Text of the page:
Who's the best buy in airline stocks today? Here's a hint. Image source: Boeing.

With oil prices in the tank, and jet fuel costing just pennies on the dollar compared to what it used to cost, you'd think American airlines would be ultra-profitable, and American Airlines stock cheap from a valuation perspective.

You'd be right.

Delta Air Lines (NYSE:DAL) earned more than $4.5 billion in net profits last year. American Airlines Group (NASDAQ:AAL) did even better, raking in $7.6 billion in profits. Despite rolling in the dough, though, both of these stocks are getting rolled by investors. Delta shares are actually down over the past year, for example. And over the past 52 weeks, American Airlines stock is down, too -- 22%!

Of course, for opportunistic investors, all of this is good news. If you agree that low oil prices are going to hang around for a good long while, allowing airlines to continue earning beaucoup bucks, this all gives us the opportunity to profit handsomely from buying cheap airline stocks. But which one is the better buy? Delta Air Lines or American Airlines?

Let's take a look.

Delta Air Lines
Priced at just 8 times trailing earnings today, and expected to grow profits so fast that its forward P/E will fall to 6.3, Delta Air Lines stock looks undeniably cheap. The stock's growing like a weed, with analysts quoted on S&P Global Market Intelligence predicting long-term earnings growth of 27% annually over the next five years.

Perhaps best of all for investors who like to earn an income from their stocks, Delta Air Lines pays one of the best dividends in the business, a thumping 1.3% annually.

American Airlines
And yet, as good as Delta looks, American Airlines looks even better. American's trailing P/E ratio of 3.3  is less than half what Delta costs. American's dividend yield is 1.1% -- perfectly respectable, and not that far behind Delta.

Growth-wise, you could argue that the 9% rate of earnings growth analysts are looking for from American Airlines is slower than Delta's 27% -- because it is. On the other hand, you could also argue that 9% is a much more realistic rate of growth to expect from a large, mature business like an international airline. And you could argue that with everyone expecting "only" 9% growth out of American, the stock stands a better chance of surprising investors with better-than-expected growth -- because it does!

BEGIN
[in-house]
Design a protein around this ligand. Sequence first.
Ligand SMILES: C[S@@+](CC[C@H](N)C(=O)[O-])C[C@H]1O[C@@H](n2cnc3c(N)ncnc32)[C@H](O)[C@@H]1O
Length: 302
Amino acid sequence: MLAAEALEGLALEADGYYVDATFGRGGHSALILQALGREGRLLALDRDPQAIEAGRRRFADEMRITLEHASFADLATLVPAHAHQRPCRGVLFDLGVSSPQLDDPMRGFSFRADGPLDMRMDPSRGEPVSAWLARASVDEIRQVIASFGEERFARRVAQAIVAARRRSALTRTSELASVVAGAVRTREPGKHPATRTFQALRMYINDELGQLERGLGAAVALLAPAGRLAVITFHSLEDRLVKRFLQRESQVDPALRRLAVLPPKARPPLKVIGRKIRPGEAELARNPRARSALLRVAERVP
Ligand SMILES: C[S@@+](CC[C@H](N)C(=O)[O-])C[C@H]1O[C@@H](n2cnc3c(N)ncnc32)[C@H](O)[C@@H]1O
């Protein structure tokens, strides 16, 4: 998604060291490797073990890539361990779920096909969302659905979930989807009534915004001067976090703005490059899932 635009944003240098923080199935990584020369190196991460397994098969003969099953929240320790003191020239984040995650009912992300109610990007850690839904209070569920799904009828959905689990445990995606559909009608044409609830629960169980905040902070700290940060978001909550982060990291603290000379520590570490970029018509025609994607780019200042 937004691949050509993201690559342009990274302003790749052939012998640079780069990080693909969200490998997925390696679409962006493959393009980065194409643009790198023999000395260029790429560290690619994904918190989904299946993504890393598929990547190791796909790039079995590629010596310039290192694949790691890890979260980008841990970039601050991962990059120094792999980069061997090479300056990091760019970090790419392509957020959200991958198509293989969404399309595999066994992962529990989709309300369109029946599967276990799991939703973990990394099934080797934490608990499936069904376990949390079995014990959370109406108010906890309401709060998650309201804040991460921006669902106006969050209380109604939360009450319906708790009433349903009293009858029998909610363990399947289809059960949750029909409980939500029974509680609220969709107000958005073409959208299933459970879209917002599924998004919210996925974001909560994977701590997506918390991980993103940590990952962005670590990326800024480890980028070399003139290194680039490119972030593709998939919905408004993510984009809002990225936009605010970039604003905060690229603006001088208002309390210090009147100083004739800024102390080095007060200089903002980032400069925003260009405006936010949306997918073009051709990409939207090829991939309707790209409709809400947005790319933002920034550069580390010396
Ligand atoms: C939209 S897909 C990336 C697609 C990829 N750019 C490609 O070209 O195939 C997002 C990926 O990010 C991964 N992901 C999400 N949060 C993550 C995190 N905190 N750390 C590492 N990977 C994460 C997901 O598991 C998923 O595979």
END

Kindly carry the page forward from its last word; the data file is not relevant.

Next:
Deciding factor
When you get right down to it, though, that uncertainty about the future tells me that between these two stocks, Delta is still the better buy. Whether you're talking earnings, growth in earnings, or the future of oil prices in 2016 and beyond, the future's uncertain -- but one thing is clear...

When you're investing in a stock, safer is often better. And to my Foolish eye, it's much safer to invest in a company that carries modest debt than to buy a stock that's deep in hock. Currently, Delta carries a debt load of $8.6 billion, which is a whole lot more than nothing. On the other hand, Delta also has $3.4 billion in cash on the books, and at last report, it was generating nearly $5 billion in new free cash flow annually. Theoretically, at least, Delta has the ability to wipe out nearly all of its debt load in just one year's time, if it were so inclined.

You can't say the same thing about American Airlines. American hasn't yet reported its full-year 2015 free cash flow, but over the three quarters of 2015 it has reported on, FCF totaled just $1.4 billion. That's a nice improvement over the company's more recent record of burning cash in every year for the past five years (according to S&P Global Market Intelligence data). But even so, it's not enough money to make much of a dent in American Airlines' monster $20.6 billion debt load.

Even assuming American maintains its current rate of cash production, and netting out the company's $6.2 billion in cash already accumulated, this airline has so much debt already that it would take the company more than seven years to pay it all back at current rates of cash production. To me, that makes American Airlines a significantly riskier stock to own -- and it makes Delta Air Lines the better buy.

This article represents the opinion of the writer, who may disagree with the “official” recommendation position of a Motley Fool premium advisory service. We’re motley! Questioning an investing thesis -- even one of our own -- helps us all think critically about investing and make decisions that help us become smarter, happier, and richer.